A First Course in Applied Statistics by Megan J. Clark and John A. Randal, now in its second edition, is specifically tailored to the needs of biology, business and social science students and is designed to equip them with the statistical skills and knowledge that will allow them to advance in their chosen discipline.
The exercises which support the text are all based on recent real-world applications. Data are sourced from reports and articles written by academics and practitioners in psychology, ecology, marine biology, business, finance, economics, computing, biomedical science and environmental science, making this book relevant to current developments in these disciplines.
The book has a strong local flavour with many high interest examples reflecting New Zealand and its academic community. Many exercises place New Zealand society within a global context. Others reflect research specific to New Zealanders, or by New Zealand academics, to emphasise to students the immediate relevance and applicability of this material to the student's major course of study.
I Summarising data
2 Data collection, organisation and graphical representation
3 Summary statistics
4 Describing bivariate relationships
5 Time series data
II Introduction to probability
6 Working with probabilities
7 Proportions and the binomial distribution
8 The normal distribution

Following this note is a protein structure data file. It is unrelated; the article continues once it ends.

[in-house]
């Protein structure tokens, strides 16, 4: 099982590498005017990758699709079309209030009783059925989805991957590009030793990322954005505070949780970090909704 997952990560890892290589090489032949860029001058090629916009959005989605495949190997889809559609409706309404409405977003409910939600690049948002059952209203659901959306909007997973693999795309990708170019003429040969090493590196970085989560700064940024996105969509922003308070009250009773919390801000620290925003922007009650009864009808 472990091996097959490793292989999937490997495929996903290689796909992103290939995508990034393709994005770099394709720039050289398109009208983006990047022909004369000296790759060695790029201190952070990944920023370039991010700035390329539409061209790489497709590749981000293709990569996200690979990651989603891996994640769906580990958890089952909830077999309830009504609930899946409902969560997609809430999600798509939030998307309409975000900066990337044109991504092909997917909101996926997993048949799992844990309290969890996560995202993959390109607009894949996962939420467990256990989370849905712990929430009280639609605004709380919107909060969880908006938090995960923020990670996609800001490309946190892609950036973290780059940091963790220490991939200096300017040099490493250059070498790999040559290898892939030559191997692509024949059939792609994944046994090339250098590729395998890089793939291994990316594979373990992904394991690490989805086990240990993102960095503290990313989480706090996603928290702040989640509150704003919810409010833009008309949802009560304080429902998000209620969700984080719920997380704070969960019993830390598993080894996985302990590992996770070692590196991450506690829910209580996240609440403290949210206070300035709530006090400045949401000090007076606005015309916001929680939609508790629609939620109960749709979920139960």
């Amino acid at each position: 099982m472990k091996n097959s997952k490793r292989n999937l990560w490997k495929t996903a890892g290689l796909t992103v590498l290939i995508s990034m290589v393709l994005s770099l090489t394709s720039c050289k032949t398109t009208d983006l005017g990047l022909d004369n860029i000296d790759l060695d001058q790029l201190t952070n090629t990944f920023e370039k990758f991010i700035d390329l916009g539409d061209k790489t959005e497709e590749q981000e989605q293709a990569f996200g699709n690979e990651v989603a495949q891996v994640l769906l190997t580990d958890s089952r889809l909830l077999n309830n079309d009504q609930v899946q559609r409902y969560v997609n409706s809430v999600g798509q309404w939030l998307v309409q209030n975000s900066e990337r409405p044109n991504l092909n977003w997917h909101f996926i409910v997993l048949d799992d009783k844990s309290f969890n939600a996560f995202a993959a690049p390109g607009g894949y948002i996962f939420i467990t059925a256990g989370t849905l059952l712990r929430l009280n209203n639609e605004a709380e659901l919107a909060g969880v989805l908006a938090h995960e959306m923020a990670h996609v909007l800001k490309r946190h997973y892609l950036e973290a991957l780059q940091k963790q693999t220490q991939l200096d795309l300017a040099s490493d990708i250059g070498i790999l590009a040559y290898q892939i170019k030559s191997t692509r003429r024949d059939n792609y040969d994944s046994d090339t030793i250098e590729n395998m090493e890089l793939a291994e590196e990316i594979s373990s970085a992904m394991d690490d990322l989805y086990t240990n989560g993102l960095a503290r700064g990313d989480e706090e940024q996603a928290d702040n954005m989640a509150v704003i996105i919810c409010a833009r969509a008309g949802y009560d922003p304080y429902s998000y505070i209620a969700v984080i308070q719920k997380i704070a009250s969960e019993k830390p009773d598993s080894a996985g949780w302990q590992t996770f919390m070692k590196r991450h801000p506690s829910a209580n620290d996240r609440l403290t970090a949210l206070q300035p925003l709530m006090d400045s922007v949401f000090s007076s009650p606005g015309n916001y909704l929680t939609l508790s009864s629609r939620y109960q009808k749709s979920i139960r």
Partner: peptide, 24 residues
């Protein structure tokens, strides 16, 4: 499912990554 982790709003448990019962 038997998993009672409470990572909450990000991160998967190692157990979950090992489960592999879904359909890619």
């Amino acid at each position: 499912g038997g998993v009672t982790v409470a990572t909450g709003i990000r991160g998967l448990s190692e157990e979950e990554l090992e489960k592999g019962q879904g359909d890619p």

III Estimation and testing
9 Single population
10 Two populations
11 Many populations
12 Tests for categorical data
13 Inference and the regression line
14 Review of estimation and testing
A Self-assessment guide and mathematical basics
B Calculator use
C Spreadsheet use
D Tables and table use
E Solutions to selected exercises
Associate Professor Megan Clark (BSc(Hons), MSc) is an associate professor in statistics at Victoria University of wellington. She has worked extensively in statistics for over a decade and has research interests in mathematics education. She has taught first-year applied statistics to natural and social science students for many years and has a body of research in this area to her credit particularly in the area of contextualising statistics education and the effect on accessibility of the material. She has been awarded a Royal Society Bronze Medal for services to women in education. In 2000- she was a British Council visitor to the UK giving seminars on mathematics education and in 2003 visited the US under a US National Institute of Health federal programme to promote diversity in biomedical research. She is on the Editorial Board of Education Studies in Mathematics and is a regular referee for the Statistics Education Research Journal. Her first year statistics course won a student award for ‘Most Stimulating 100-level course in 2002’.
John Randal (DipFinMath, MSc, PhD) is a senior lecturer in econometrics and finance, also at Victoria University. He has spent over a decade lecturing in first year courses in statistics to both business students and those in the biological and social sciences. As a graduate student he spent many years as a tutor and teaching assistant in first year statistics courses, and still loves the challenge of explaining this material to reluctant or desperate learners. This experience at the ‘chalk-face’ and an inbuilt interest in education has led to his teaching in statistics being highly regarded by his class.
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